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Blue Moon Canyon of Weehawken Creek, CO
mini location map2005-07-28
25 by photographer avatarTM1ssKDMac
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Blue Moon Canyon of Weehawken Creek, CO 
Blue Moon Canyon of Weehawken Creek, CO
Climbing avatar Jul 28 2005
Climbing5.00 Miles 800 AEG
Climbing5.00 Miles   5 Hrs      1.00 mph
800 ft AEG
 no routes
1st trip
Linked none no linked trail guides
Partners none no partners
Blue Moon Canyon of Weehawken Creek, Ouray Colorado

This rugged and very wild canyon southwest of Ouray Colorado, accessed from the Camp Bird road that exits right, off of US 550 about a mile south of Ouray, drains the snowmelt and summer rains from Potosi Peak, Mount Ridgeway and Teakettle Mountain. It is a narrow, high, alpine canyon with a stark, rugged beauty that you will not soon forget. Few people venture this way and the sense of wilderness seclusion and remote isolation will overwhelm your physical presence here and make you want to breathe deeply and savor the moment, as Mother Nature makes you realize how small you really are.

Late in the third week of July, 2005, while enjoying a week of 4x4 travels throughout the San Juan Mountains surrounding Ouray and Silverton, Colorado we took a day and hiked up Weehawken Creek to rappel down the face of a waterfall that we had discovered the previous summer. The waterfall is about 90 feet high and drops down a sheer rock face that cannot be scaled by the hiker. We gained access to the top of the waterfall via a circuitous route that had us switch backing up the ridge to the west of the waterfall and then having to again switch back our way down a very steep canyon wall to the creek bed above the water fall. I became pretty nervous about one of the kids tripping and falling on the steep slope so I had everyone stop and we all linked up with a long piece of 1 inch webbing so if someone slipped they wouldn't go too far.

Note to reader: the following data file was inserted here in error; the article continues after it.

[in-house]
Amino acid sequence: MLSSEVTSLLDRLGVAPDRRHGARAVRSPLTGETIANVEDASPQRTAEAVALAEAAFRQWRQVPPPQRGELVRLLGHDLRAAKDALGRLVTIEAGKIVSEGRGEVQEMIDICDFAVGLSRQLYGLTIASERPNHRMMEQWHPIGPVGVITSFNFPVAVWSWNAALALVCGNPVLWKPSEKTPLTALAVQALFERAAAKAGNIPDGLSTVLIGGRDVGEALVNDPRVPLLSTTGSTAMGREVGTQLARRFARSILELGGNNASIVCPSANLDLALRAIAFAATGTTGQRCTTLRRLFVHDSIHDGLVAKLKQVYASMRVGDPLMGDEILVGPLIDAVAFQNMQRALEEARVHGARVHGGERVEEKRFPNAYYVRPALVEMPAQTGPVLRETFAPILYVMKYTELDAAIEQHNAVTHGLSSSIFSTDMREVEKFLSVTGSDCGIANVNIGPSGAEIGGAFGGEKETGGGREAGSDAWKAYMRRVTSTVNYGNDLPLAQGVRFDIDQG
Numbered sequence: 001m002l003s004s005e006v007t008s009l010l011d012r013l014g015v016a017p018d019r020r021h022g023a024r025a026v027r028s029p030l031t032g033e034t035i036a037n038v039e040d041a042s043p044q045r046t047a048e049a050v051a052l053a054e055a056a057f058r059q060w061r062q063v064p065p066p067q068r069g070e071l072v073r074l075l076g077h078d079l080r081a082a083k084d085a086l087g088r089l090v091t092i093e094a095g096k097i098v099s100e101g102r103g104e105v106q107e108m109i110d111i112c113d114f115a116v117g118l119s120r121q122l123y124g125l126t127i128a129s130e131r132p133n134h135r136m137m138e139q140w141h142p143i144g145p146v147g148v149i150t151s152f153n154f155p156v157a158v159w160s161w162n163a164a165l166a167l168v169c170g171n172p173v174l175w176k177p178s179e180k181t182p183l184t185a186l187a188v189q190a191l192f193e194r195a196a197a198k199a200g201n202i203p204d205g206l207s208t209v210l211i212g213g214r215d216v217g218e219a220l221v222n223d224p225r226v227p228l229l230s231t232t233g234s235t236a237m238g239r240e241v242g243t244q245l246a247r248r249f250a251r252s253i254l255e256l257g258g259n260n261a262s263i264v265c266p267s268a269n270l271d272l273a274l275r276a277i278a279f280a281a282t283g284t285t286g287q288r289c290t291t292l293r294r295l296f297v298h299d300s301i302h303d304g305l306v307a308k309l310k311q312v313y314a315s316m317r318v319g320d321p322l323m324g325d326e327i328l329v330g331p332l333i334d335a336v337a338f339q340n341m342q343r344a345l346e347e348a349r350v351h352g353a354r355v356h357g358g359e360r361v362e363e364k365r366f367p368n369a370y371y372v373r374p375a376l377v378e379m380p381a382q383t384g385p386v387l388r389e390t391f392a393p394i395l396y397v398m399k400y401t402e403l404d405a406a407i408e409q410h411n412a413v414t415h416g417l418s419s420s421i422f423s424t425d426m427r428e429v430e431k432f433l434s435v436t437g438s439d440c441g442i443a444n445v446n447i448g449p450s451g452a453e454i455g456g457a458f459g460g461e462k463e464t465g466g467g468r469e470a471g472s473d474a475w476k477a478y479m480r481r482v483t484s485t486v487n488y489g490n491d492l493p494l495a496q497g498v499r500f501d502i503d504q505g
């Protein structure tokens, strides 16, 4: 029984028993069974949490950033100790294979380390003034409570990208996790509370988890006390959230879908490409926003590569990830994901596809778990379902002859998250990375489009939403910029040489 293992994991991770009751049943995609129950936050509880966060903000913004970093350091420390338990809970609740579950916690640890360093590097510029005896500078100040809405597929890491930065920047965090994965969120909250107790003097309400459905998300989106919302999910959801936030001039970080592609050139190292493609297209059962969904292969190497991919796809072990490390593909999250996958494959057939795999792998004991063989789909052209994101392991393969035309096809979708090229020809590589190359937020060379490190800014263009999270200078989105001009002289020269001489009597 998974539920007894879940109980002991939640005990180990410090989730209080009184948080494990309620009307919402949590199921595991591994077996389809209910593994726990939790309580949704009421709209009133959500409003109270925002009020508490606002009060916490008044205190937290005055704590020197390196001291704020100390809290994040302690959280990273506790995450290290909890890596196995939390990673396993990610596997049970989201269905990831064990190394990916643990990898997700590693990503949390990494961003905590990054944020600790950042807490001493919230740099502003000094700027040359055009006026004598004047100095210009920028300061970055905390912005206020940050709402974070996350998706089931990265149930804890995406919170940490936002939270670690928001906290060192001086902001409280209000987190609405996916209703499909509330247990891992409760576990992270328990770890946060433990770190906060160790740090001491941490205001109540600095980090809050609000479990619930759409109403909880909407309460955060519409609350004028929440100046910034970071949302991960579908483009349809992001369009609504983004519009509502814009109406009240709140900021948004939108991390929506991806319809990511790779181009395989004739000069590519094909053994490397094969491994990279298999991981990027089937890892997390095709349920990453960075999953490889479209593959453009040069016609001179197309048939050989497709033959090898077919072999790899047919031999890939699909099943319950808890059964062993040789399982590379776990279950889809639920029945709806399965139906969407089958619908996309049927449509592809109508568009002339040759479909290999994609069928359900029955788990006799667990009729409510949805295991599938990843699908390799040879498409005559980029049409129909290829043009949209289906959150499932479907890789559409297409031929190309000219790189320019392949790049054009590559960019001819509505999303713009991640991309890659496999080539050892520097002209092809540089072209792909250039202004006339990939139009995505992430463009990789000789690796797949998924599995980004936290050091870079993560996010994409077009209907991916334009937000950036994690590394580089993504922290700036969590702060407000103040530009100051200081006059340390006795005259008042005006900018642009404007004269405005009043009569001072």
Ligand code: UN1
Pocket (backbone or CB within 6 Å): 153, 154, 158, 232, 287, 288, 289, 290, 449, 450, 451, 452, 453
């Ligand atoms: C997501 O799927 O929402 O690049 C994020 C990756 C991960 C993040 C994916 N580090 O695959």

We hiked down to the top of the waterfall and set up our gear for the rappel down the face of the cliff next to the waterfall. Morgan my youngest daughter was first down, as usual, (she refuses to let the boys beat her at anything and always wants to show them up which she usually does!) and we all followed along with me bringing up the rear. We adjusted the rope as needed to allow each person to select the spot where they wanted to go down. Morgan picked the wet route under a small side flow and I went down right beside the main falls, every one else took the easy dry route to the far right of the falls.

What a great afternoon enjoying the rugged beauty of this canyon. We added a lot of time to the hike by the overland route that we took to access the canyon above the waterfall but we stumbled across an old miner's cabin in the process and that was a cool find. Our total hike was about 5 miles.

I have recently done some research on this waterfall and found that there is a lot more to bee seen above the highest point that we hiked that afternoon. The waterfall that we rapped is the lowest of 8 waterfalls that you can rappel down, from an entry into the canyon via the Weehawken Creek Trail that runs up the ridge to the east of the creek. There are also snow tunnels formed from the heavy avalanches that come off of the mountain into the canyon every winter. When spring comes around, the creek melts through the snow forming these tunnels that can last clear into August or September which are the 2 months out of the year that you can access the upper reaches of this canyon.
Kelly D. McLaughlin
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